Then all of a sudden we crossed the Schuylkill again (and there were people sculling on it!) and were back at the Art Museum where we started.  We ran by the finish line as the clock ticked 2 hours.  Then the 14 miles mark.  That was a little discouraging, thinking that I had to run another 12 miles just to get back to this spot.  Oh well, just keep going.  Now out along the East bank of the Schuylkill, and cones in the middle of the road, and remembering that this was out and back - out to 20, turn around and run back.  So at least I knew I'd see the leaders and maybe spot Marty.  So I stayed near the center of the road.  On past 15, the miles started getting a little slower.  I was figuring 9:00 miles to the finish and estimated 3:48, so thinking that maybe 3:50 was possible.  The leaders approached, and there were 2 guys, then almost a mile gap before #3 came along.  I eventually saw Marty, we yelled for each other, and then I drifted back into my reverie - keep going, keep going, etc.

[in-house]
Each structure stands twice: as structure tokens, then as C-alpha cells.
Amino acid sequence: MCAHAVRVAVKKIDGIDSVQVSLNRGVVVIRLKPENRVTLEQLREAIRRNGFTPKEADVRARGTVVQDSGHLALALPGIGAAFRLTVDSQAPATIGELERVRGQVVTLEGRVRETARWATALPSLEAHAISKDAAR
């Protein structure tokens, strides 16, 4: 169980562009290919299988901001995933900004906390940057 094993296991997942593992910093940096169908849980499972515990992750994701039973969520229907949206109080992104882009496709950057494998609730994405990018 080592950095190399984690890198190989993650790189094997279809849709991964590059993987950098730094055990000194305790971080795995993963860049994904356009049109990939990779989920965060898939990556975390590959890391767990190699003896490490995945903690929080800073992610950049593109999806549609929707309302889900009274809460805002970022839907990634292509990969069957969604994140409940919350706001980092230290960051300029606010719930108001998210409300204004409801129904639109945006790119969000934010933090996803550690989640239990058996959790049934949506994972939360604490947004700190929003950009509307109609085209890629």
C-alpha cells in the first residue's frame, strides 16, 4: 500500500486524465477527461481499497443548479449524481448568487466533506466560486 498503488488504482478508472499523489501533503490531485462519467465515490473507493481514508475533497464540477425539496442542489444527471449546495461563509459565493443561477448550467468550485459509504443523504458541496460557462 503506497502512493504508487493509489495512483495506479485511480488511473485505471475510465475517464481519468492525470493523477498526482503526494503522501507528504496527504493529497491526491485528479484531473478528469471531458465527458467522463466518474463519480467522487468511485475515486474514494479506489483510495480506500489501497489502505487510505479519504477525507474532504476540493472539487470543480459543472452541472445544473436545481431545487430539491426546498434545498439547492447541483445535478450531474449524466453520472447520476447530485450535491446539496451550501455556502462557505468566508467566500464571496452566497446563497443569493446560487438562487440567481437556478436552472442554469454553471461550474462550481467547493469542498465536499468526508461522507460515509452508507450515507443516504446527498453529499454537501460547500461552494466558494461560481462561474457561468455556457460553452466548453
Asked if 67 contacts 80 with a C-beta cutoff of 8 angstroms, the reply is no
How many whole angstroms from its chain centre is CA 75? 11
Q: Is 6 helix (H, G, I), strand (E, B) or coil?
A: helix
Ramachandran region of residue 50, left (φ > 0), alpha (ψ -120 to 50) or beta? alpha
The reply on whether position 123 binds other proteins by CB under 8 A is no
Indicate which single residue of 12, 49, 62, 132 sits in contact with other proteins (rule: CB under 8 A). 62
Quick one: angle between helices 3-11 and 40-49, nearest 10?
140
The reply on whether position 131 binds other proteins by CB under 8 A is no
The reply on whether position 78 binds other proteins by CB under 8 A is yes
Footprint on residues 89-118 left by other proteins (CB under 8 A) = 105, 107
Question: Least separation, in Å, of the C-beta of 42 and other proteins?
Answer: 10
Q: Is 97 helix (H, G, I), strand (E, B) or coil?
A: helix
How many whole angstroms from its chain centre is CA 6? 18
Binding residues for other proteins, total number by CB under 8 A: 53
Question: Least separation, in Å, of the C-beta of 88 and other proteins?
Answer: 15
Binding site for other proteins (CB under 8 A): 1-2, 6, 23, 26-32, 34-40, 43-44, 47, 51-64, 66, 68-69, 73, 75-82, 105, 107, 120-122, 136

Now this is where I complain.  I think I am going insane, and if I run another long (marathon) race I will end up finally getting there (insane).  This part of the race is the most desolate, isolated, solitary place (mentally) that I can be.  I can't think of anything but to keep going.  To keep doing the same thing I've been doing for 3 hours.  Keep taking 3 steps for every inhale. Then keep taking 3 steps for every exhale.  Don't think about other things.  Don't let your mind drift away and your pace slacken.  Keep going.  Not another mile, but to 20. At 20, we turn around. Before 20, I almost catch the wheelchair struggling up the hill.  But just as I do (not trying, just running my pace) he crests the hill and coasts away.  Then I catch him again after the turnaround cone because now we're going up again.  Up, up, and keep going up.  Keep going the same pace.  I remembered that at Comrades I would look forward to the uphills because they were an excuse to walk for a little while, and at least that was being able to do something different.  Not here - just keep going.  My feet hurt quite a bit - turn that off and keep going, you can worry about hurting feet later.  At 20, I decided I didn't have enough to pick up the pace.  The smart thing would be to keep running the same pace to 25, then decide about the last 1.2.  Okay, I can do another 5 miles of this, another 44-45 minutes, physically I can do it, just don't make me think about it.  Of course, I have to concentrate to do it.  So I can't do it without thinking about it.  I can't do it and think about it.  This running thing, at least the racing part, is becoming its own paradox.  Do something you can only do by not doing it.  And there you have it - now even you are convinced that I am going insane; maybe there already.